Kinahan is most closely identified with Tyson Fury, the heavyweight champion who is handled by MTK Global, and his company MTK Global. Fury has been spotted with Kinahan on multiple occasions, and he has shown his admiration for her.

The founder of the United States-based boxing promoter Top Rank, Bob Arum, said that Top Rank paid Kinahan more than $4 million in consultation fees for four Fury bouts that Top Rank staged between 2019 and 2021, demonstrating Kinahan’s participation in boxing’s top echelons.

Dillian Whyte and Tyson Fury will battle it out at Wembley Stadium in London on Saturday night in a highly anticipated heavyweight match. However, the build-up to the fight has been overshadowed by inquiries regarding Fury’s connection with Kinahan, which he has skirted on several occasions during the process.

“I’m not here to debate politics, war, or religion with you, and I’m not here to see if you’re trying to get me to say anything,” Fury told a Sky News interviewer on Tuesday. “I’m not concerned with the problems of others. It’s none of my business, so don’t bother. To put it simply, I’m a boxer with a fight on my mind, and that’s enough stated.”

After winning a bout last weekend, Mounir Lazzez, a mixed martial arts fighter signed by MTK Global, delivered an uninvited message to Kinahan through social media, which was received with gratitude. When Lazzez was questioned about it thereafter, he referred to Kinahan as “a buddy and advisor,” before claiming to be uninformed of the penalties levied on Kinahan.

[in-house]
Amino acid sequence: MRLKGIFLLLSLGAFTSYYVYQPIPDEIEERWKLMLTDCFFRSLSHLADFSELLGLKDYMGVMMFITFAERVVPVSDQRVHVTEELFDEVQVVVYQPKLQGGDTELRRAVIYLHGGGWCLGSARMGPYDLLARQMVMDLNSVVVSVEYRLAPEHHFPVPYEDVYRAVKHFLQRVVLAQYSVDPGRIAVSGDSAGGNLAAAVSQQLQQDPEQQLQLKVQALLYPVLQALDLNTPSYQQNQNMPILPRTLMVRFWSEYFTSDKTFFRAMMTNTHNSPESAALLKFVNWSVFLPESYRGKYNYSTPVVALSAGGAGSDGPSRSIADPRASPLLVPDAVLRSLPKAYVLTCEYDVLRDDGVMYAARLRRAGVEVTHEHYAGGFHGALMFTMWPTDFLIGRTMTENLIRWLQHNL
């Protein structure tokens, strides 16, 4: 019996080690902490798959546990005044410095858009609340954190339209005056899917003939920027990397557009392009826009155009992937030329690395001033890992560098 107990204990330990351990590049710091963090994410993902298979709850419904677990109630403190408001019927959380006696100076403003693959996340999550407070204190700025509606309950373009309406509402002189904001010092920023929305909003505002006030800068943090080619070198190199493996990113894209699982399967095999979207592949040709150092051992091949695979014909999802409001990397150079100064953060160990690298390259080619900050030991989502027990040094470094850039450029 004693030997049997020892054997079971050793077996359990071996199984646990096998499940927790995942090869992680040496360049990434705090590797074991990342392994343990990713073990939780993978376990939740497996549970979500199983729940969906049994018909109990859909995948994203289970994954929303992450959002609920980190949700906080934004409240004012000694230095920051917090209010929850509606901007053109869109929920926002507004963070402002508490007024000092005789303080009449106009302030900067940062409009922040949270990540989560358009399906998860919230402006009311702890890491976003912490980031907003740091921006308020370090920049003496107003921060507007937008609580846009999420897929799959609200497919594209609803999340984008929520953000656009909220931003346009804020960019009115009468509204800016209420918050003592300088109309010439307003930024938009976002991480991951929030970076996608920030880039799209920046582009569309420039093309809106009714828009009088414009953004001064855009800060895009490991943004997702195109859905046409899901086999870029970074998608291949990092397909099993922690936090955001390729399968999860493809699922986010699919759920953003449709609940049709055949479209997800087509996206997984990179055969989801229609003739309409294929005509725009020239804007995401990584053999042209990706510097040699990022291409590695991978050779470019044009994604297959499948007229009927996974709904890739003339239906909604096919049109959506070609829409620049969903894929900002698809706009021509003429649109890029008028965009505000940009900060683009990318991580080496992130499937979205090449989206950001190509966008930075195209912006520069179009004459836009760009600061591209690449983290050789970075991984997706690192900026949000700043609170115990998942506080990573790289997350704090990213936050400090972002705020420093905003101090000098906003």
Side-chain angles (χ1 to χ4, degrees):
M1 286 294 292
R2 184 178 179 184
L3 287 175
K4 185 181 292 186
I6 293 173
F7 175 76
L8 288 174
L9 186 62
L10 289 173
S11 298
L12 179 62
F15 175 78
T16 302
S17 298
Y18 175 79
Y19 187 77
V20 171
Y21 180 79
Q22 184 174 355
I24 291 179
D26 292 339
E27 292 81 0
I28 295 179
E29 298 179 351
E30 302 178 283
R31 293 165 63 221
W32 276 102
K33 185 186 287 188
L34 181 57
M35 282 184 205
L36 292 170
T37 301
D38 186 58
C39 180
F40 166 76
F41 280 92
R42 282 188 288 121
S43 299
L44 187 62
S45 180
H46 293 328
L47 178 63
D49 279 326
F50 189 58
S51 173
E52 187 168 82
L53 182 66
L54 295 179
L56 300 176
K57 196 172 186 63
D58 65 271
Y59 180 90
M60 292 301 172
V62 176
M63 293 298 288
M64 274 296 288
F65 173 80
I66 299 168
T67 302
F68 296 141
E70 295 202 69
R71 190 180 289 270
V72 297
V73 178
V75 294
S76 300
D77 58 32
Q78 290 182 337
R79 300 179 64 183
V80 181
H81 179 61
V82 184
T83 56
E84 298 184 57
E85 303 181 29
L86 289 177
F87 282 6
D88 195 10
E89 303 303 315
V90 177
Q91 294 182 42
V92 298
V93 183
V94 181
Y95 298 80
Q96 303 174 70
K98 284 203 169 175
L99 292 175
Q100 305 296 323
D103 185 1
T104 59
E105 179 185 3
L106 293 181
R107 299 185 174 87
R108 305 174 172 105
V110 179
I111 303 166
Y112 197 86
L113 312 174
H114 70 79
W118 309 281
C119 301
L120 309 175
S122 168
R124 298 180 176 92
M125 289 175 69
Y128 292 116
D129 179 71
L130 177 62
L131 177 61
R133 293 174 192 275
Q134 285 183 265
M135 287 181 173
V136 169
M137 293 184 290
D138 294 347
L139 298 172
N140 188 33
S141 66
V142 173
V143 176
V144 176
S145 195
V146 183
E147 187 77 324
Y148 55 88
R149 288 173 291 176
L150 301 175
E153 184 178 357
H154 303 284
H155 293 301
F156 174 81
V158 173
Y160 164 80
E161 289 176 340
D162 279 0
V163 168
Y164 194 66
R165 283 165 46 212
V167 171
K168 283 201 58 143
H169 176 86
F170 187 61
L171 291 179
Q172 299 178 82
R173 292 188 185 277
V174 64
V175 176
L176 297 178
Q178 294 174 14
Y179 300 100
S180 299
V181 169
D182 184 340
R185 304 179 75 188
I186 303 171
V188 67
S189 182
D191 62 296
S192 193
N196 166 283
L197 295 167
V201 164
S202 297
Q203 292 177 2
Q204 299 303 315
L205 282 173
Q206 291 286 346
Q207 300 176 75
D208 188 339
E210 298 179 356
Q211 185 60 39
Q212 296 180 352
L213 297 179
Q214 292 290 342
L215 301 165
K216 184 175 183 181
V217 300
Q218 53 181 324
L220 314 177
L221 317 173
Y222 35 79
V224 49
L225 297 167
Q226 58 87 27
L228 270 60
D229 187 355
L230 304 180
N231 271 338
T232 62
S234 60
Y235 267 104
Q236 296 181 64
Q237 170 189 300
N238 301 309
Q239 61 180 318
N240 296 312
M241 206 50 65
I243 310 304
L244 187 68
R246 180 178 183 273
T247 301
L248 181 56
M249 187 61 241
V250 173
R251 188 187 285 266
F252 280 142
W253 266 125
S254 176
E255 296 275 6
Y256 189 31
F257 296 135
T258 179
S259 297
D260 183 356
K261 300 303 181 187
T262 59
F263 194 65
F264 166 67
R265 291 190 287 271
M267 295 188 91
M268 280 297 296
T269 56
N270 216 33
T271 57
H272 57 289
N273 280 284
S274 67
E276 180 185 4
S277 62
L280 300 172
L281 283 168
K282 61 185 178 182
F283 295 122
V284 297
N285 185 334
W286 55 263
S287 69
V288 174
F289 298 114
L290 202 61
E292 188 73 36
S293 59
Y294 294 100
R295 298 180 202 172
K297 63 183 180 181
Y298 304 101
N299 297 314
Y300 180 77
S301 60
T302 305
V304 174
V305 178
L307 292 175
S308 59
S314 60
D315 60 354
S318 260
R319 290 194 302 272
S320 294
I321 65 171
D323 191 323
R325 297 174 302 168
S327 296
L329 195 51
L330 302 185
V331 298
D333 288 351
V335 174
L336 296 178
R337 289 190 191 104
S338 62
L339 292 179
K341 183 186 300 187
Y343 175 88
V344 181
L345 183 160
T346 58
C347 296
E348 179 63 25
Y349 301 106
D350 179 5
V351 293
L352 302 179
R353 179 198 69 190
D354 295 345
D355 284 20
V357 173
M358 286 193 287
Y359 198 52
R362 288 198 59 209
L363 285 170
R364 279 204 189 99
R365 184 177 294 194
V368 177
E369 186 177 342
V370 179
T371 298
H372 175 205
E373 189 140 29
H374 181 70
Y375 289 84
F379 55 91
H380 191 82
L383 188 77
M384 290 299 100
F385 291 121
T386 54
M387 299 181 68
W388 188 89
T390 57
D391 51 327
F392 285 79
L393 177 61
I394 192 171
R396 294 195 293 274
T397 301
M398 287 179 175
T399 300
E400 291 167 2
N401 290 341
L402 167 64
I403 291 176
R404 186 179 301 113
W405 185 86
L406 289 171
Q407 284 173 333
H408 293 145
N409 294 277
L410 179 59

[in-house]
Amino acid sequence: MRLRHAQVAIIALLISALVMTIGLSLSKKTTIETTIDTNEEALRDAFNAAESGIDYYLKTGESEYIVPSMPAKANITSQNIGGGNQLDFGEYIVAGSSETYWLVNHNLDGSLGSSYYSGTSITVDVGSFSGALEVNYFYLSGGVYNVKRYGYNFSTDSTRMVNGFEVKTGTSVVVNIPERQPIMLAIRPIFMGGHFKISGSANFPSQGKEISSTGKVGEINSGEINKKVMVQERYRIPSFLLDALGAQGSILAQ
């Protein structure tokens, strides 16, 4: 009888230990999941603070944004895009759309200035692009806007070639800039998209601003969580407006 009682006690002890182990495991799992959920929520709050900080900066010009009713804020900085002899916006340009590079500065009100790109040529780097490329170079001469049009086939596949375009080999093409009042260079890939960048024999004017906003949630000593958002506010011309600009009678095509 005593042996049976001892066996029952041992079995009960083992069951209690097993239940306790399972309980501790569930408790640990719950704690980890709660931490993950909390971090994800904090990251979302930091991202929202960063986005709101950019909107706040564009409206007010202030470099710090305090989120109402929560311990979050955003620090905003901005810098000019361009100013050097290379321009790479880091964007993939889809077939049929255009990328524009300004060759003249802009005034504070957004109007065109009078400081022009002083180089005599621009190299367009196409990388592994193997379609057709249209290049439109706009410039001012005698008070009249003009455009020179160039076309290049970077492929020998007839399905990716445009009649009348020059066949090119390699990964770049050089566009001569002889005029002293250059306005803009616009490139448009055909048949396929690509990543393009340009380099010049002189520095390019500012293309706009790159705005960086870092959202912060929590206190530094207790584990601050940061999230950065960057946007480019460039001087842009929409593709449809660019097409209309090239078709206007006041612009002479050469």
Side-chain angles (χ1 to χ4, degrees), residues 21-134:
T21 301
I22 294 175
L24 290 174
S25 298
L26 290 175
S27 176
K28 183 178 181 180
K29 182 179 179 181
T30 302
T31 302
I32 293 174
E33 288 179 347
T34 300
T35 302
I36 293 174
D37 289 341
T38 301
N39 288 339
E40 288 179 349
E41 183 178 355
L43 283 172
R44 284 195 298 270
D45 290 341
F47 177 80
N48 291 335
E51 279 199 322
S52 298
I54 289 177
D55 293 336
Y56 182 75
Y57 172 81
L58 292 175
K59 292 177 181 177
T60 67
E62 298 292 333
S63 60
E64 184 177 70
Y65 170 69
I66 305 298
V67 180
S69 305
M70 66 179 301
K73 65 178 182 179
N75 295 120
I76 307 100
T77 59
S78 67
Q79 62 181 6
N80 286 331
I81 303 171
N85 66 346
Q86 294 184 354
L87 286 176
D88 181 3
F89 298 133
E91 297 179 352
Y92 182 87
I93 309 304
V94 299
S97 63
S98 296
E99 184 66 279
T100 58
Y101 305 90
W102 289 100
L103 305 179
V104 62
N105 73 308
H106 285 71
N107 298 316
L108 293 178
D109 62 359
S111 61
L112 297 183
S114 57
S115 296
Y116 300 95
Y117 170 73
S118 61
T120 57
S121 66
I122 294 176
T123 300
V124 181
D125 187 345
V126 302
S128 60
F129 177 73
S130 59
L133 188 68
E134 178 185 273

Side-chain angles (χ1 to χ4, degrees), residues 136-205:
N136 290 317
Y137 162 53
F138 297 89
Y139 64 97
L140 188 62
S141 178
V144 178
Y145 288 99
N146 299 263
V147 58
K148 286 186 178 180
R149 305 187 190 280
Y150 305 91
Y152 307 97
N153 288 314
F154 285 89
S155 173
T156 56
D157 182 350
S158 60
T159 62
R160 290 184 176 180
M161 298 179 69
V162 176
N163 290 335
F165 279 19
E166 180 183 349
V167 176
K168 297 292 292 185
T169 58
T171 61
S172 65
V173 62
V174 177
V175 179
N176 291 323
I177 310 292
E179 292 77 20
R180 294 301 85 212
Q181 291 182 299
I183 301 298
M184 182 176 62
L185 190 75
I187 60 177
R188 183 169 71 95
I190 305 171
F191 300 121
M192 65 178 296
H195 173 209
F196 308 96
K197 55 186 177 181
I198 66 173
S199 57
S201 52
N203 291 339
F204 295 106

Other combat sports stars have attempted to disassociate themselves from Kinahan’s activities.

In addition to being previously handled by MTK Global, Michael Conlan, an Irish featherweight, was identified as a client on the website of Hoopoe Sports, a Dubai-based organisation that was included in the penalties. According to a statement from Conlan, he has been represented by his brother, Jamie, for the last year and has never heard of Hoopoe.

Mauricio Sulaimán, the president of the World Boxing Council sanctioning body, was seen with Kinahan earlier this year while in Dubai for a promotional event. However, once the fines were imposed, Sulaimán said that he had “at no point” had any contact with Kinahan and described his meeting with him as a “innocent error caused by complete ignorance of the matter.”

Top Rank, according to Arum, will no longer conduct business with Kinahan in the future. Eddie Hearn, the chairman of the boxing promoter Matchroom Sport, also said that his organisation would abide by all applicable laws and would have no affiliation with Kinahan’s activities. Probellum, a promoter who has signed a number of MTK fighters and who has been connected to Kinahan by a Pakistani lawmaker, has denied any such connections and has also said that it would not do business with Kinahan.

Dan O'Brien
Dan O'Brien
I am a journalist for The National Era with an emphasis in sports.